On the contrary, the private land surrounding the refuge, some of it right up to the refuge borders, is filled with hunting clubs.

For decades, those clubs have been famous for their outstanding duck hunting. They were also famous for the guests they have hosted. Legendary baseball players Mickey Mantle, Ted Williams and Roger Maris all came to the area to hunt.

Paul Knick, 86, who lives in Gladstone, has seen that history play out.  He has hunted the Loess Bluffs area since he was a teenager.

“I’m an old geezer, but I still love to hunt,” Knick said during a hunt several years ago. “I go back far enough that I remember when Squaw Creek would hold a half-million ducks in the fall. It’s not like that anymore.

“We have a lot more refuges now and the ducks have a lot more options. But Squaw Creek still gets its share.”

Waterfowl Attraction

A recent waterfowl count proved Knick’s point.

A survey by the U.S. Fish and Wildlife Service, which manages Loess Bluffs, indicated that 102,000 snow geese and 123,400 ducks, including 94,200 mallards, were using the wetlands. Wildlife workers also counted 122 bald eagles and 642 trumpeter swans.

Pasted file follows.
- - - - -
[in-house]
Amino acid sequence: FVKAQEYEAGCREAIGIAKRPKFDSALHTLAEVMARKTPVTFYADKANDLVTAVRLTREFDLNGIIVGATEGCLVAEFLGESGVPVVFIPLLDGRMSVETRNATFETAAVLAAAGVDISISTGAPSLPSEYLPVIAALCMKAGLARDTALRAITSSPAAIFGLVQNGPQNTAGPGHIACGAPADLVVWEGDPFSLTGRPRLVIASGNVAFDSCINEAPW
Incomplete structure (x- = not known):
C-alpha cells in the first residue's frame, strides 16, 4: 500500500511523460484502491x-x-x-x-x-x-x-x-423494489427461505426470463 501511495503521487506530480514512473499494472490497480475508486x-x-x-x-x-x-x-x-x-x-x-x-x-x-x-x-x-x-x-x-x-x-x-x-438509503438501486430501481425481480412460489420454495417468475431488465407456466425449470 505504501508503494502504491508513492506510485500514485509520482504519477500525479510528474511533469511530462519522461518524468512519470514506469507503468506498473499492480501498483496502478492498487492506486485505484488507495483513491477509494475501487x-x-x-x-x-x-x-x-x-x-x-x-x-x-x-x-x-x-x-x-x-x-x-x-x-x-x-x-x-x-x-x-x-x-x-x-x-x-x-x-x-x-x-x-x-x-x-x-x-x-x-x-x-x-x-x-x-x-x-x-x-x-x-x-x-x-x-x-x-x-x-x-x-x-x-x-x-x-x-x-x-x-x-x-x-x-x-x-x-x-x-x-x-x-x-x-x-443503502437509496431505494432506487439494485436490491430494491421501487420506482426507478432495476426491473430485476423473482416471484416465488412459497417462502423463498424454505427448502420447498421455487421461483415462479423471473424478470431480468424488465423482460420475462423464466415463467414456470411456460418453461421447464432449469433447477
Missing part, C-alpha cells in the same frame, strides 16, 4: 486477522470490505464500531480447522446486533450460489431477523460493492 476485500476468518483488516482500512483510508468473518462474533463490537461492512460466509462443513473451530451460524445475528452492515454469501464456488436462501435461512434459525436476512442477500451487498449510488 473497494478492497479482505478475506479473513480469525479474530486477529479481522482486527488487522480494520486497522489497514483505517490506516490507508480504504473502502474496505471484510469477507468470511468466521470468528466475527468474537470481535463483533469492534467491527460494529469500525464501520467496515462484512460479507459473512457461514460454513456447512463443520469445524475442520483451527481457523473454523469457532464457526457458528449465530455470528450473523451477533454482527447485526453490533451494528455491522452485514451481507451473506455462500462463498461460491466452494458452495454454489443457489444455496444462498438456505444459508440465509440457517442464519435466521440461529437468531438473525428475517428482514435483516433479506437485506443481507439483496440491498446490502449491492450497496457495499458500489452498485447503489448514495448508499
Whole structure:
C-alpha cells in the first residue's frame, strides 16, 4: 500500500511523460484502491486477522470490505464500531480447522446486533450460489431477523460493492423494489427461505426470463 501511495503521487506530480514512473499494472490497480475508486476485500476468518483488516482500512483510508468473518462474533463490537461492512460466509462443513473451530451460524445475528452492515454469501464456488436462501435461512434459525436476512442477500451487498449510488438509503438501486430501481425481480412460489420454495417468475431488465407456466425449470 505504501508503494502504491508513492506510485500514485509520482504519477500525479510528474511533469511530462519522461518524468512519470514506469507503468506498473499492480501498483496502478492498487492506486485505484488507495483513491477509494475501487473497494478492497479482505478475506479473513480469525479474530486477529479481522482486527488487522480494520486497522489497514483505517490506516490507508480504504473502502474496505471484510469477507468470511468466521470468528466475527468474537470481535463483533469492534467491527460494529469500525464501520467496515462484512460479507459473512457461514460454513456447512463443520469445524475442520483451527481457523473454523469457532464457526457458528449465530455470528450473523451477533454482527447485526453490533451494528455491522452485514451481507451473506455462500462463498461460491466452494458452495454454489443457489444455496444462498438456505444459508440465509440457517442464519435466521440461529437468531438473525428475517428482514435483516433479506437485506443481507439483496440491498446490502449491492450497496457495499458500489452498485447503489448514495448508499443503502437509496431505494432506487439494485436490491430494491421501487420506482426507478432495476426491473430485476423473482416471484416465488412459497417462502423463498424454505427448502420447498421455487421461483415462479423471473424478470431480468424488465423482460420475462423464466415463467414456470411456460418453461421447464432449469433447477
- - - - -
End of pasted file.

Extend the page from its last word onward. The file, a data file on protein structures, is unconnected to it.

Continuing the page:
That’s a lot of activity at one place, but it’s not uncommon for late November and early December at Loess Bluffs.

“This is the time to be here,” Welchert said. “This is the time a lot of people look forward to.”

Directions to Loess Bluffs National Wildlife Refuge

From Kansas City, take Interstate 29 north to Exit 79 (Rulo, Neb.) Then take U.S. 159 west for two miles to the refuge. There is no charge for admission.

Flatland contributor Brent Frazee is a Kansas City based outdoors writer.